Fundraising to Test Rape Kits

The Michigan Women’s Foundation is hosting a Crowdrise campaign to raise money for untested rape kits in Detroit, MI. The event is called the Enough SAID: African American 490 Challenge and its aim, according to its page, is to raise 10 million dollars to test and help raise money to prosecute the backlog of over 11,000 rape kits discovered in a warehouse belonging to the Detroit Police Department back in 2009.
The event’s name comes from the $490 price tag of testing, processing, and investigating a single rape kit. SAID stands for “Sexual-Assault in Detroit,” which, as the name suggests, there has been enough of. According to the event’s Crowdrise page, “Each kit represents a soul crushing brutal crime. Each kit represents a case that remains uninvestigated. Each kit represents a sexual offender who has never faced justice. Each kit represents a victim who doesn’t have closure.” The city of Detroit, still struggling to pull itself out of recession, doesn’t have the money to investigate the kits which span from the 80s until now. The first step in bringing justice to the perpetrators and closure to the victims is raising the money to process those kits. For this, the city is turning to the public.

The fundraiser targets African American women specifically because, according to Wayne State Board of Governors Kim Trent, “Nearly 81 percent of Detroit’s rape victims are African American.” The Crowdrise page implores black women to stand up against sexual assault by raising their voices and not allowing victims “who look and live like [them]” to remain forgotten any longer.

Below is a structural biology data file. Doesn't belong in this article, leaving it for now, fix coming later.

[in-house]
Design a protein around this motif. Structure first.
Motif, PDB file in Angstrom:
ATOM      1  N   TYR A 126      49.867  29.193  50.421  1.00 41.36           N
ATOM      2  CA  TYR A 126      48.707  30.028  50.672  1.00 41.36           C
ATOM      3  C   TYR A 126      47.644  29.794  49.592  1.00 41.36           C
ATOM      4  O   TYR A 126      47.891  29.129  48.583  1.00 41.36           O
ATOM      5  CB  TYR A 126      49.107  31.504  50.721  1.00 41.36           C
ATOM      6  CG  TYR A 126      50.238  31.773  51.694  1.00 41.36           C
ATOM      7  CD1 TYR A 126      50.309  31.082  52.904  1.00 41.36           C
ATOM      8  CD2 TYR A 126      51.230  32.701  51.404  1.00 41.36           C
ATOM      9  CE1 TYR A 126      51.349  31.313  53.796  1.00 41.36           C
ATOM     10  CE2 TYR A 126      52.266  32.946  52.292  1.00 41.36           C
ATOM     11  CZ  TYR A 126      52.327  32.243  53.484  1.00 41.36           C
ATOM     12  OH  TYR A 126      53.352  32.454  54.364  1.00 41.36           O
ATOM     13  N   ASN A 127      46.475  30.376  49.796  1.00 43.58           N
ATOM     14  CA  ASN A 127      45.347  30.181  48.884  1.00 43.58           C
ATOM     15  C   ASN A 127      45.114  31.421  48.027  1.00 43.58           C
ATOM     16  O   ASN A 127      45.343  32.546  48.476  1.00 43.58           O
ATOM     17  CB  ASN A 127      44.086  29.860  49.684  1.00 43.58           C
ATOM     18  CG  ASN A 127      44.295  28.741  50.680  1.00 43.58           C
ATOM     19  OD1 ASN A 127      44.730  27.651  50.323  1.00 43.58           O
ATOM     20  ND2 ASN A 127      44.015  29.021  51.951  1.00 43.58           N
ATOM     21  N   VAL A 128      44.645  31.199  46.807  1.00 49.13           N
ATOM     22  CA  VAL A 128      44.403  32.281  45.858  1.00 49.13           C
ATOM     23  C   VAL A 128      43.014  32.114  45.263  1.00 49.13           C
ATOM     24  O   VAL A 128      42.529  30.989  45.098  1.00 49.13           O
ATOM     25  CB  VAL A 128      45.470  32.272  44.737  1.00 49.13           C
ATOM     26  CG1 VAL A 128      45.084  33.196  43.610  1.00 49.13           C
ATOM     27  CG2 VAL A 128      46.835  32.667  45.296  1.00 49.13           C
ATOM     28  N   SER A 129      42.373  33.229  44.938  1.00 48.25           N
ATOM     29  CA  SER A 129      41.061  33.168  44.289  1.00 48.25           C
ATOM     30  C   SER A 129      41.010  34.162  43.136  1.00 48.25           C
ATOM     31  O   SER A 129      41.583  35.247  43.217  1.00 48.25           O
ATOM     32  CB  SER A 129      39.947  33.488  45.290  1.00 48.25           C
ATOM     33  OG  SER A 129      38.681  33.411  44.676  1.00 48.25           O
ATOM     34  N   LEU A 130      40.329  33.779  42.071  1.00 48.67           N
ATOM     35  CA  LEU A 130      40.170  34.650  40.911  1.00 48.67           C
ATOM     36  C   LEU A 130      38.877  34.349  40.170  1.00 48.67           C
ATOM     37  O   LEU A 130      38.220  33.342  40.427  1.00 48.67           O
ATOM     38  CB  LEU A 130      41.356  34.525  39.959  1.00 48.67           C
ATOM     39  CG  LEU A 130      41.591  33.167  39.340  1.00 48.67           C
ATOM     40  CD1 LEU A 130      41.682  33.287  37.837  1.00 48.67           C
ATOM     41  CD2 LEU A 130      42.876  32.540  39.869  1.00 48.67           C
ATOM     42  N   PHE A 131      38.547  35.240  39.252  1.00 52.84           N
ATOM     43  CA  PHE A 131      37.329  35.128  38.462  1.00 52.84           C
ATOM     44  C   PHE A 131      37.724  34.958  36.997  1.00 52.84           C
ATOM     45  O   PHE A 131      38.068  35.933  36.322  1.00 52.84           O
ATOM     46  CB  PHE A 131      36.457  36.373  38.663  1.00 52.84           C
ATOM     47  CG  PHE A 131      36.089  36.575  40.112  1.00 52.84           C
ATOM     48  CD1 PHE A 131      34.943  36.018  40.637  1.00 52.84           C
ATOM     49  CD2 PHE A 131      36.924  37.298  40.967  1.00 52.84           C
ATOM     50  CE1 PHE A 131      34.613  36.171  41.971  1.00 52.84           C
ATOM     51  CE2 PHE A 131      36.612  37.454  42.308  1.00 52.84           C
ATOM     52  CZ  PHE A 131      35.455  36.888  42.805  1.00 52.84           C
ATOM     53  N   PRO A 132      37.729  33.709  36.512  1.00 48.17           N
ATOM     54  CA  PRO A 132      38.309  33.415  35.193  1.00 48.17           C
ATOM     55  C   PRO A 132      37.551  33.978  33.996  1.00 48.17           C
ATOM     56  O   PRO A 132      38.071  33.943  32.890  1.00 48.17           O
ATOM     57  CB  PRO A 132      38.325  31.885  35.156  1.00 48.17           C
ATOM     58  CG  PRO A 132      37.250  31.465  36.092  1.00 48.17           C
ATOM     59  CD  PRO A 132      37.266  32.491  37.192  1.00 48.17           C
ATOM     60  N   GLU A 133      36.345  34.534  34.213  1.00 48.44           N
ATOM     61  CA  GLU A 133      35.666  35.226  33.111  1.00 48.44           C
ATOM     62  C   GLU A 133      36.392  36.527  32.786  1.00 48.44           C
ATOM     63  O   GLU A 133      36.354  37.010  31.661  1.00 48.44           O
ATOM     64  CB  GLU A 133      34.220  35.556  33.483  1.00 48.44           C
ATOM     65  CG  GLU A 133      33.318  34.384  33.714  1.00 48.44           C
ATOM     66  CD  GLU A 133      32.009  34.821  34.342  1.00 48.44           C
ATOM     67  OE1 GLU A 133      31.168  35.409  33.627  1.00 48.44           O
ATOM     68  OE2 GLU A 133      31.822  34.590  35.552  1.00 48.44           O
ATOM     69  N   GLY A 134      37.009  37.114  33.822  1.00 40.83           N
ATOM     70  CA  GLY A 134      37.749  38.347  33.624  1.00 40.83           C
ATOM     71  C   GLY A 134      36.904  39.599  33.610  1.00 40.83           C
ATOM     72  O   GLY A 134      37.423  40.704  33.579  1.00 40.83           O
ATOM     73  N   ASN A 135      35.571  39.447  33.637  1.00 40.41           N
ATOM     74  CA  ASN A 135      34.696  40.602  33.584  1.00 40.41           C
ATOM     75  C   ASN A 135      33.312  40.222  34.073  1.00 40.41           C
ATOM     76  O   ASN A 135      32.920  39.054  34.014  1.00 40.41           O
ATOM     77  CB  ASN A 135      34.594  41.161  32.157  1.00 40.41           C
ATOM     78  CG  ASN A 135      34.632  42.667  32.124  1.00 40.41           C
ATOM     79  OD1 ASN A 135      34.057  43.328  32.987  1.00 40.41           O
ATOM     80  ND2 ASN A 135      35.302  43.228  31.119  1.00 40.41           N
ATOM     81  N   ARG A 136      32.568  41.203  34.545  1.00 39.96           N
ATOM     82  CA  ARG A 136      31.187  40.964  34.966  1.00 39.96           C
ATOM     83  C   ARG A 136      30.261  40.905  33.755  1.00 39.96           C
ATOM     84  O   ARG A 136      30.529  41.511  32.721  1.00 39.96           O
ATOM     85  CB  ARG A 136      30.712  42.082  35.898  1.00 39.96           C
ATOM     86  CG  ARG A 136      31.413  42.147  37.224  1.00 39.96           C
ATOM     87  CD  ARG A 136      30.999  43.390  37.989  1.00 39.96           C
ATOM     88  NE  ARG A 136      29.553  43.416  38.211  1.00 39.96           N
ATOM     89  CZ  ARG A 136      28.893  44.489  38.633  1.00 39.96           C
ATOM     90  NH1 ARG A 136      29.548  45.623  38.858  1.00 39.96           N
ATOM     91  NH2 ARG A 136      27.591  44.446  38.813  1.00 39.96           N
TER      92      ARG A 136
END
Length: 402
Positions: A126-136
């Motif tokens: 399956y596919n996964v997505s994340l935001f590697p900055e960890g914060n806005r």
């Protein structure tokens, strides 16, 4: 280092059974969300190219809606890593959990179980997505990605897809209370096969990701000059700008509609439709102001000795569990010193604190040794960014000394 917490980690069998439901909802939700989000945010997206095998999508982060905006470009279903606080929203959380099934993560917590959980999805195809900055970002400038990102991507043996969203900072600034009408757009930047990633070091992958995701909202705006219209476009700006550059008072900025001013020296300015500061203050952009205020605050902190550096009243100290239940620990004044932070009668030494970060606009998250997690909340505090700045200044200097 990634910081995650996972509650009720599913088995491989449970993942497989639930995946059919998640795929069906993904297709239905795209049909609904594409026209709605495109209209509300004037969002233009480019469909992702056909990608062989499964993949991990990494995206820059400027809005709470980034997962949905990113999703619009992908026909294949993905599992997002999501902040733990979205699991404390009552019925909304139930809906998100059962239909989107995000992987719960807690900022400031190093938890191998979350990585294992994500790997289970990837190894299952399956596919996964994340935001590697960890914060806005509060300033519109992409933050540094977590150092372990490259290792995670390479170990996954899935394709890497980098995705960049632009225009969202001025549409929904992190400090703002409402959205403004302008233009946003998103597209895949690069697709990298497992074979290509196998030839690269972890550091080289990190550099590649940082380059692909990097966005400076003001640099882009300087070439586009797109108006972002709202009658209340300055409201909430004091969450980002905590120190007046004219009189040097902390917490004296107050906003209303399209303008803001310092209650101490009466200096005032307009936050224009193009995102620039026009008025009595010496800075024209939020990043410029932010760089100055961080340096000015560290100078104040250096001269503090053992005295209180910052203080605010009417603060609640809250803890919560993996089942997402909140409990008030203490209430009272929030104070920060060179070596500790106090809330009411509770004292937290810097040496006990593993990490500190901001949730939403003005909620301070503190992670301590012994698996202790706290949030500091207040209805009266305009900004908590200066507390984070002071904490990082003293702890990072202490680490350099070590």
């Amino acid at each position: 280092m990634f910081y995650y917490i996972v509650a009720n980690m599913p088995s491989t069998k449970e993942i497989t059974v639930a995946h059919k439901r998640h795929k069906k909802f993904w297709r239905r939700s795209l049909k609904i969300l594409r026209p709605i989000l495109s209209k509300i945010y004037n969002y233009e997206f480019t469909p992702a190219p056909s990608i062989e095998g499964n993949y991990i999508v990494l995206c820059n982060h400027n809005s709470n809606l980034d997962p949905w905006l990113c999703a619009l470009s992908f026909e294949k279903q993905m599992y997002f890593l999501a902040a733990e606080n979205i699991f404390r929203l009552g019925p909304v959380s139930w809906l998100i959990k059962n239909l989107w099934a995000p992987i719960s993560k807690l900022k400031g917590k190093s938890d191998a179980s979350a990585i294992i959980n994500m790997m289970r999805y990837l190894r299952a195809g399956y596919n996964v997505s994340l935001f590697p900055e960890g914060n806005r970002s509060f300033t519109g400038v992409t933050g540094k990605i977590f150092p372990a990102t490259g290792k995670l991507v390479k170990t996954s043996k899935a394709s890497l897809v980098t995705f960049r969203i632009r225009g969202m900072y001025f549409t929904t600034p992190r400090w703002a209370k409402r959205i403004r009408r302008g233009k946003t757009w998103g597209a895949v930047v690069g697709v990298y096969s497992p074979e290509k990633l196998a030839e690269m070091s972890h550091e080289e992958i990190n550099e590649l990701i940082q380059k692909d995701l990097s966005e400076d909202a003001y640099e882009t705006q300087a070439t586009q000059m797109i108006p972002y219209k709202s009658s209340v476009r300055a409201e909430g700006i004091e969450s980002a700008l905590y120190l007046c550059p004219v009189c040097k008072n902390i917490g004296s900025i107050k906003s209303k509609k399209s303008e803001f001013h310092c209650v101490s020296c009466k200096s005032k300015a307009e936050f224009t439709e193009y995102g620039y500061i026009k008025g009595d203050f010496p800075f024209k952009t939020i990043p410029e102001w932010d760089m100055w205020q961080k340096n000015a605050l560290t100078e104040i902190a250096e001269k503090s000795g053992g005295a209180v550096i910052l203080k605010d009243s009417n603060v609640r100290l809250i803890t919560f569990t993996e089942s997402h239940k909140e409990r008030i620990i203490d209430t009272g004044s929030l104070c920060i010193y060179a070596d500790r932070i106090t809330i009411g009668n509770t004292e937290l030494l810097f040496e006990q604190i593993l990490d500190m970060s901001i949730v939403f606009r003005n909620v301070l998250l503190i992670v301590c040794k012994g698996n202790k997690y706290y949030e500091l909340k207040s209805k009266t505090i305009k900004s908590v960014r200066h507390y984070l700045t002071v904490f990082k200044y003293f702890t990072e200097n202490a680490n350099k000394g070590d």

Claire Martin of the New York Times reported that the campaign has since raised more than $1.3 million from private donors and another $7.6 million in public financing. In collaboration with the Wayne County Prosecutor’s Office and the Detroit Crime Commission, kits are being sent to private labs that have offered discounts for testing them, according to

Though this is welcome news for rape victims, the question still remains: how did the backlog get this bad in the first place? To put it into perspective, the Detroit backlog is nearly three times the size of the backlog in Cleveland, OH which stands at 4,000 and has 35 investigators working to bring it down. The Enough SAID page says, “Detroit currently has 12 investigators,” and warns, “that’s not nearly enough. “

The campaign has proven to be incredibly effective and the results are staggering. According to Claire Martin, Wayne County Prosecutor Kim Worthy’s office “had identified 652 people suspected of being serial sexual assault offenders and had secured 27 convictions. An additional 182 cases are being investigated and 1,598 more are awaiting investigation.”

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